A second exercise that Professor Sbarge demonstrated involved asking students early in the semester to sit down and think of a "legal reader role model" that the student can envision as a specific audience for his/her work. The role model can be a real person (one student chose Johnny Cochran) or a fictitious person (one student chose Jack McCoy from Law and Order). The idea is for the student to really think about this "role model" and have a reason for selecting this person as the model reader. Then, throughout the semester, the student is encouraged to consider that role model when working on legal writing assignments. What would Johnny Cochran think of the way you have developed the theme for your client here? Would Jack McCoy be satisfied with that level of review and editing? Would your reader accept jumping to that conclusion without explanation of how you got there? At the end of the semester, Professor Sbarge then asked for volunteers to reflect on the semester and how their use of the legal reader role model impacted their work. Students who volunteered answers included thoughts about being motivated to review or edit one additional time or to think in a different way about effectiveness. Sure, the legal writing professor is always a great "role model" legal reader. But if students take the time to think about another concrete and tangible reader, reflect on why that reader is being chosen, and use those thoughts throughout the process, there is an added dimension of understanding about the legal reader's needs.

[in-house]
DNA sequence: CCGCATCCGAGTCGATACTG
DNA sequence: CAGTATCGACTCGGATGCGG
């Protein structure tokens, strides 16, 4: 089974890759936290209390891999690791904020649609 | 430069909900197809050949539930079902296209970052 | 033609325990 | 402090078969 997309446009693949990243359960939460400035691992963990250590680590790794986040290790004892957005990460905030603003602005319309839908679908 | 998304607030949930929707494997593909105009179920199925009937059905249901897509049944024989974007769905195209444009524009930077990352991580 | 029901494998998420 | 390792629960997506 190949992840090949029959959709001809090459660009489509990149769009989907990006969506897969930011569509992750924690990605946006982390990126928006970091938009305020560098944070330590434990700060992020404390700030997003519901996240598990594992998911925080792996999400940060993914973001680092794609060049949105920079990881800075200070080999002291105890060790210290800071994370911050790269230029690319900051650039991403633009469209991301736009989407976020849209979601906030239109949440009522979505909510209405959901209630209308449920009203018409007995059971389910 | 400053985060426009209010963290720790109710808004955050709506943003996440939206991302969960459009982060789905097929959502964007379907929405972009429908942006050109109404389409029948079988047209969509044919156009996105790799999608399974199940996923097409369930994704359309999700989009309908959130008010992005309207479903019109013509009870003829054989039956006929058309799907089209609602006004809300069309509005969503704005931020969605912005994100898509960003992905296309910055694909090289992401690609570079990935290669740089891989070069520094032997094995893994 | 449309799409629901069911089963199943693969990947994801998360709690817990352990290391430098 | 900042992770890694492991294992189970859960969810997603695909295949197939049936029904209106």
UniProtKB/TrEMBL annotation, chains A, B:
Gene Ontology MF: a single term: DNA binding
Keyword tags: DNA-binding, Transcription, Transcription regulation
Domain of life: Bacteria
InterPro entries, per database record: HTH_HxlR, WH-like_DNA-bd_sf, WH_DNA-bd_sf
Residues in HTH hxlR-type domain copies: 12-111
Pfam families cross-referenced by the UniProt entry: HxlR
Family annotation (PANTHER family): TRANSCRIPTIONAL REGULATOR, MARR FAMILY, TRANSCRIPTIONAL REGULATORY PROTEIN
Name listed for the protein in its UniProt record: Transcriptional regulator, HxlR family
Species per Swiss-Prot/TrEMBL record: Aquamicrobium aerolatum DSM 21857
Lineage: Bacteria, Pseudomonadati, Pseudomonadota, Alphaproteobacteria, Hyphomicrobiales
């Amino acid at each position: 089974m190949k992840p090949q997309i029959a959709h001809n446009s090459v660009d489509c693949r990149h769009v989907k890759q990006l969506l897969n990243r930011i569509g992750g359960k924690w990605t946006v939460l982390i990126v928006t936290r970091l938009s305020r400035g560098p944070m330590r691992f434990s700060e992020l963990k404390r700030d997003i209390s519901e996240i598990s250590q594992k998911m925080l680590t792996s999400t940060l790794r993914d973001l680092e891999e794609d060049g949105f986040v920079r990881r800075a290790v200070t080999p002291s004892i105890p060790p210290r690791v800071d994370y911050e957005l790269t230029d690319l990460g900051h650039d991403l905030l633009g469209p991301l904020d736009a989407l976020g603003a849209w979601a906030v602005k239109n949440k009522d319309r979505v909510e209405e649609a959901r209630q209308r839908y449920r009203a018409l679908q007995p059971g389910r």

I know I intend to find ways to implement some of these ideas, as I will with many ideas from many presentations. It was another great week of discussions on pedagogy and scholarship, fellowship with colleagues from all over, and recharging motivational batteries. In short, another highly successful conference -- kudos to all involved in planning, execution, and presenting this week!
Daniel L. Real
Assistant Professor of Law
Creighton University School of Law